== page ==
A Swingin´ Affair
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In 1962, shortly after the recording of this album, Dexter Gordon would become an expatriate, living alternatively in Copenhagen and Paris for 15 years. 1960 had marked Gordon’s comeback to the recording studios after a long hiatus of nearly five years. In fact, the October 1960 LP The Resurgence was his first album since the making of Dexter Plays Hot and Cool in 1955. This was mostly due to his problems with drugs. Before leaving for Europe, Gordon would record five albums in the United States: Doin’ Allright (1961), Dexter Calling (1961), Landslide, Go!, and the one presented here, A Swingin’ Affair (the latter three records were all cut in 1962). Both Go! and A Swingin’ Affair featured the same quartet, with Sonny Clark on piano, Butch Warren on bass, and Billy Higgins on drums. Although today his playing is revered within many jazz circles, Sonny Clark never achieved fame during his lifetime. Like so many talented jazzmen, he died very young, on January 13, 1963, at the age of 31 (the official causes listed as a heart attack, but it was probably due to a heroin overdose). Gordon wouldn’t record another session with this same formation. An unaccompanied piano performance by Sonny Clark recorded in 1960 has been added as a bonus.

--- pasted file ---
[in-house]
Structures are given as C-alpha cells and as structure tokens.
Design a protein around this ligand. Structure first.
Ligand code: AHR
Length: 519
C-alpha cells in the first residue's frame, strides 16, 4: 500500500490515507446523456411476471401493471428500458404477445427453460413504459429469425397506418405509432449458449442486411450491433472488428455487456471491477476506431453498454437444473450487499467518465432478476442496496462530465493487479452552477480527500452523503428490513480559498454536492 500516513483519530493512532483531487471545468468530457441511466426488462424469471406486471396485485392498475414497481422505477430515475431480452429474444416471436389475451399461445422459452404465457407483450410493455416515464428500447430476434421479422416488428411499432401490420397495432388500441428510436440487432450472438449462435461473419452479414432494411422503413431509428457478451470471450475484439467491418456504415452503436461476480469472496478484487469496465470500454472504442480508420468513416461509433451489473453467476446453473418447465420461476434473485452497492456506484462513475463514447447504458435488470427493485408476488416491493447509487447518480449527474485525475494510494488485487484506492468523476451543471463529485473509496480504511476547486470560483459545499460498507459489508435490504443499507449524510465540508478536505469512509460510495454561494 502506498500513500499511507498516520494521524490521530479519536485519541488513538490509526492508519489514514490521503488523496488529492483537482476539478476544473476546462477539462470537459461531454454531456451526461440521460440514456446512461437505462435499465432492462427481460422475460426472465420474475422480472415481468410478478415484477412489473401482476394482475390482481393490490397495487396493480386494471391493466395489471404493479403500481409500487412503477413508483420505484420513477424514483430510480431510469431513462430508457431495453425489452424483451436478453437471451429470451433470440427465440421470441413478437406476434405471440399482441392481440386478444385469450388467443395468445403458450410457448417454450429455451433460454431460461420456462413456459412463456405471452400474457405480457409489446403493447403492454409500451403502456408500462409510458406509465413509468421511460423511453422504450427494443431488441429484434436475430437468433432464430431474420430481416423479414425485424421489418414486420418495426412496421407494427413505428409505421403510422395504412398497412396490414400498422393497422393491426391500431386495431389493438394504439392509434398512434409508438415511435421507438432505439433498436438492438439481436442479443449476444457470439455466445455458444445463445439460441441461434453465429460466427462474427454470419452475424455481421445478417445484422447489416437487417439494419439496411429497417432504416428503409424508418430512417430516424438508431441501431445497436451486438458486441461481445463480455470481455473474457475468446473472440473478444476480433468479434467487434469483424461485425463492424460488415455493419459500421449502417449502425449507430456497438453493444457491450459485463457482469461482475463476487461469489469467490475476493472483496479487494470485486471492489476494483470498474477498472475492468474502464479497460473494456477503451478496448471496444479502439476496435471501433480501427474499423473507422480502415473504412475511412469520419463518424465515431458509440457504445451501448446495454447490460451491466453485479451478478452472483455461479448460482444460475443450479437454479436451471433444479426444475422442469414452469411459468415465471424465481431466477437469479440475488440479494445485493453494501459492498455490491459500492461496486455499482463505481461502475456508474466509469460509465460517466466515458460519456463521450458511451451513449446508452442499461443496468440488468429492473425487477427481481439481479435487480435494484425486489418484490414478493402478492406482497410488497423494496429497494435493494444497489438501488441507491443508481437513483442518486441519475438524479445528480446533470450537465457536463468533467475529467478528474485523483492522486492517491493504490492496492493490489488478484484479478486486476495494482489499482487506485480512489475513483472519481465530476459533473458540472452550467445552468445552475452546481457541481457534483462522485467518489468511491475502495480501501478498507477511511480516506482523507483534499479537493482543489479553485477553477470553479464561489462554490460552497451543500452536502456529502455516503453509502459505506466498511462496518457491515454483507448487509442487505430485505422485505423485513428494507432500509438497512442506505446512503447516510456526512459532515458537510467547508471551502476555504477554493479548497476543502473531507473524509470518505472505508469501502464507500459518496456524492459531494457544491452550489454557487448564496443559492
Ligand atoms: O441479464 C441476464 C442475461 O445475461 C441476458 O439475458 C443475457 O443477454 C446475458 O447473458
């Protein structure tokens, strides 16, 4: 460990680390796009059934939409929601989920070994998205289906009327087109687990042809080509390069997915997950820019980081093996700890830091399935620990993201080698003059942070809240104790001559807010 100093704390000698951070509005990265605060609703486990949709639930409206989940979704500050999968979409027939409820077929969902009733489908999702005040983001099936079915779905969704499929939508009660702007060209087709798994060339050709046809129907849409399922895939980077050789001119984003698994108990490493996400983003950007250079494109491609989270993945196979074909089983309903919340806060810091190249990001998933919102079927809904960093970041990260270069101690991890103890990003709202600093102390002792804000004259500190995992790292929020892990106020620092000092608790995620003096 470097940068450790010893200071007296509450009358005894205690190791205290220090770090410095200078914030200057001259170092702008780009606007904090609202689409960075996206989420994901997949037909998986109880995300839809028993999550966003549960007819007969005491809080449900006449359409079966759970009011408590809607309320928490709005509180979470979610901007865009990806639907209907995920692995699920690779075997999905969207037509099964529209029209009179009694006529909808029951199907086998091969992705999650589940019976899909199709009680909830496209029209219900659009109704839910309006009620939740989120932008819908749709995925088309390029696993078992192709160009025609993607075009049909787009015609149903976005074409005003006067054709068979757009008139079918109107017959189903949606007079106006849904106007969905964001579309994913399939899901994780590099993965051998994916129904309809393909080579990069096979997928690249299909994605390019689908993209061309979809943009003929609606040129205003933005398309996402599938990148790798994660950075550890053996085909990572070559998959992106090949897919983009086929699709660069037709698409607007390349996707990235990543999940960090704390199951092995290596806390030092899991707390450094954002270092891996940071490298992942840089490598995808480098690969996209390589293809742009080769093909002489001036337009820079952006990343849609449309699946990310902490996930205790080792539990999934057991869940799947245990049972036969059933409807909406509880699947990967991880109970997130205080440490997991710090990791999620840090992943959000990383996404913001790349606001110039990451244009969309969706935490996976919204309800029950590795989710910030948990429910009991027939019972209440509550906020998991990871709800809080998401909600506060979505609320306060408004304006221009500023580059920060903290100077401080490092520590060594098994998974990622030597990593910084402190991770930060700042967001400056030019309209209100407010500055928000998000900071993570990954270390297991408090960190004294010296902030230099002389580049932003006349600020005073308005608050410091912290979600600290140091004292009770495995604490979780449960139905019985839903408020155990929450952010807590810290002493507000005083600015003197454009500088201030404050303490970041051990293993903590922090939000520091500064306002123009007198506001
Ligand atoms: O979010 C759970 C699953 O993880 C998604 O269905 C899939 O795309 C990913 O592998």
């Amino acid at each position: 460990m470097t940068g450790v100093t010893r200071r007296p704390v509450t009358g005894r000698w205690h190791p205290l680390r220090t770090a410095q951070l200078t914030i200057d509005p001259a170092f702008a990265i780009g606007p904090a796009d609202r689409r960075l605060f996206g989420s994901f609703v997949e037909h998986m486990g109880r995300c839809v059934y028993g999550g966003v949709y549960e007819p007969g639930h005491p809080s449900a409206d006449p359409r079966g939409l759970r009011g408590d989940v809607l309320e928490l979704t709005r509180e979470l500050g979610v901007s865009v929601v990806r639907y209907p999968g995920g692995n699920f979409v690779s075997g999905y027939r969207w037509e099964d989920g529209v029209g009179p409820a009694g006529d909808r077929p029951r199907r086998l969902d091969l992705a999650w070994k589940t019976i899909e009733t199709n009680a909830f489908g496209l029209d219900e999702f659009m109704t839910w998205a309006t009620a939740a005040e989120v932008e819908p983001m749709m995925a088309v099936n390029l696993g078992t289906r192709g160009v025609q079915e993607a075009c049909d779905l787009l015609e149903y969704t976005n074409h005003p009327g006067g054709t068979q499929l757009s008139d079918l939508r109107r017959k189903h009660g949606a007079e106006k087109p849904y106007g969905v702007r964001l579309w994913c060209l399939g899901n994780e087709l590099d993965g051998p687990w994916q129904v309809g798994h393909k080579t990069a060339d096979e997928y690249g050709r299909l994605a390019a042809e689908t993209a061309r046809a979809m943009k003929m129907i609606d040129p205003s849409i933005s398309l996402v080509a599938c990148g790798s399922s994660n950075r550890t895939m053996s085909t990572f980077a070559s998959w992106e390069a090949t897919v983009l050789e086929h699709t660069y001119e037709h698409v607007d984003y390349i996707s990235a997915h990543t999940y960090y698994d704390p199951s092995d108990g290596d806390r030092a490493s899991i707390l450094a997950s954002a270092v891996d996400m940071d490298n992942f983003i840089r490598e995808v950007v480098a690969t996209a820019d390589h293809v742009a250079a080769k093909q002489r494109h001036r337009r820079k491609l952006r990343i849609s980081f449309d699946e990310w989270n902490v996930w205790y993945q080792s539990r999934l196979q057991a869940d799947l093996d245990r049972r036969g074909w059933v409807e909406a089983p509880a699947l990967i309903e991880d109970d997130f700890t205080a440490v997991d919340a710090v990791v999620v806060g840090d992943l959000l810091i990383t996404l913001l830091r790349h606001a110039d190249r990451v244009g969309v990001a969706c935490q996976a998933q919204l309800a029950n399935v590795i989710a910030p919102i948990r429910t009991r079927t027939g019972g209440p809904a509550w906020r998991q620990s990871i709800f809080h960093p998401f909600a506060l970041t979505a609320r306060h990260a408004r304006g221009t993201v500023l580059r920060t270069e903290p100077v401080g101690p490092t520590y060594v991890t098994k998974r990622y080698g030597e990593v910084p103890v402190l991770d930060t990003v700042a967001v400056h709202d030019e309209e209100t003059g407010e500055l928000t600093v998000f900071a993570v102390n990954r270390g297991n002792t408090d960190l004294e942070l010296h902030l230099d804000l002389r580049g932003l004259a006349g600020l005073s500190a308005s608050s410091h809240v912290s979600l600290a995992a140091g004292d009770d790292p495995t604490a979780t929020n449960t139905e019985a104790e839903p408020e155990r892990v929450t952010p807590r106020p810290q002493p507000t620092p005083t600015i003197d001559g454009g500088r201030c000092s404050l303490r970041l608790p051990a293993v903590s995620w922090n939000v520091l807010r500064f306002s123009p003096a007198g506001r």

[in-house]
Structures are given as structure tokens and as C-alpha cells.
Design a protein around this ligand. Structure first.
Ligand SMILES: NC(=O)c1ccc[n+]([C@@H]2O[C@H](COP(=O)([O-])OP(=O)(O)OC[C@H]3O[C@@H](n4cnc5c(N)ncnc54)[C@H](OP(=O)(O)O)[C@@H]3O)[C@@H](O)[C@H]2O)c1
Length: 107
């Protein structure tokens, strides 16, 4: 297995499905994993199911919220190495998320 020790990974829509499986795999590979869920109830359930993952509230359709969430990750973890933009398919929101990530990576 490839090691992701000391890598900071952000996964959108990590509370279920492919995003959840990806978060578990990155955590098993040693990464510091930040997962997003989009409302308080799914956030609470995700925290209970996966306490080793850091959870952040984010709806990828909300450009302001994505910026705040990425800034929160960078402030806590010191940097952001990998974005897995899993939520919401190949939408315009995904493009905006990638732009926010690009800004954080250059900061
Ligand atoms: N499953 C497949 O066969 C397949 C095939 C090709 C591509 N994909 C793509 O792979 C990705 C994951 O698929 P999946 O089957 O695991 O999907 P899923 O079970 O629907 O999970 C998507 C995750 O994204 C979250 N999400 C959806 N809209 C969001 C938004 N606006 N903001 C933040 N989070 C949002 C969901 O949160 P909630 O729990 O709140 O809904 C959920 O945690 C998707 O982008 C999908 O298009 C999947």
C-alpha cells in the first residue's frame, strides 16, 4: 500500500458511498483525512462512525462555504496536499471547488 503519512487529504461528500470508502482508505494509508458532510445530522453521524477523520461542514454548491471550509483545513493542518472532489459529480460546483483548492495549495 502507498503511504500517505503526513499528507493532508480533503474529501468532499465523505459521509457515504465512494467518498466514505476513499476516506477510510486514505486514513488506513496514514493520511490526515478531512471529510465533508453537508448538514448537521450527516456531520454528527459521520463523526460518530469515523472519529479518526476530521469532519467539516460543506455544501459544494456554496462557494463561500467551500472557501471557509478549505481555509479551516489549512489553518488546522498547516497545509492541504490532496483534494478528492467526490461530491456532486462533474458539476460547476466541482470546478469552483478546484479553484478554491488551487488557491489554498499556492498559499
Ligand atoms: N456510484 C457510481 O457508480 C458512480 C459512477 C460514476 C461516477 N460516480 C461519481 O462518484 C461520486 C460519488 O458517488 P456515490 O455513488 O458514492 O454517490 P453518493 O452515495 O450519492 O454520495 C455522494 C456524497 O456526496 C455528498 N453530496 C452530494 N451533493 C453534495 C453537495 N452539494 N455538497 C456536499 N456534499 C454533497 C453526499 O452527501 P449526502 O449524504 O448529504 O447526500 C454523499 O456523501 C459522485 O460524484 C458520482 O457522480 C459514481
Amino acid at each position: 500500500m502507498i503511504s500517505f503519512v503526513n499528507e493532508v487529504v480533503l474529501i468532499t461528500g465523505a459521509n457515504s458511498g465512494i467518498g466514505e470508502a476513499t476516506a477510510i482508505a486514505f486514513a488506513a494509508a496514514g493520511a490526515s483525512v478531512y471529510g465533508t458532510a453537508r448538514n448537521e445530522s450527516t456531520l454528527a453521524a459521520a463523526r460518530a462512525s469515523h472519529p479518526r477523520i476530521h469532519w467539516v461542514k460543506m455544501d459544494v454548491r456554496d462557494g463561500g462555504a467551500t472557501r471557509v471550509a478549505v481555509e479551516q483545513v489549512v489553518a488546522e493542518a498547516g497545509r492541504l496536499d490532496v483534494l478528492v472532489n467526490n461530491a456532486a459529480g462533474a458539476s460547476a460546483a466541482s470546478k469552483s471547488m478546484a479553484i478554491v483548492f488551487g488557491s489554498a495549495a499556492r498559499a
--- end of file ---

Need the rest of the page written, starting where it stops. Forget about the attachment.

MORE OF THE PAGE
Englewood Cliffs, New Jersey, August 29, 1962.
One of the most renowned jazz photographers of all time, Francis Wolff (1907-1971) was also a record company executive and producer, whose skills were essential to the success of the Blue Note record label. Born Jakob Franz Wolff in Berlin, Germany, he soon became a jazz enthusiast, despite the government ban placed on this type of music after 1933. A Jew, in 1939 he left Berlin, where hehad worked as a commercial photographer, and established himself in New York. He began working there with his childhood friend Alfred Lion, who had co-founded Blue Note Records with Max Margulis. The latter soon dropped out of any involvement in the company, and Wolff joined Lion in running it. Wolff took thousands of photographs during the label’s recording sessions and rehearsals. His highly personal visual concept would be forever associated with both Blue Note and jazz as a whole..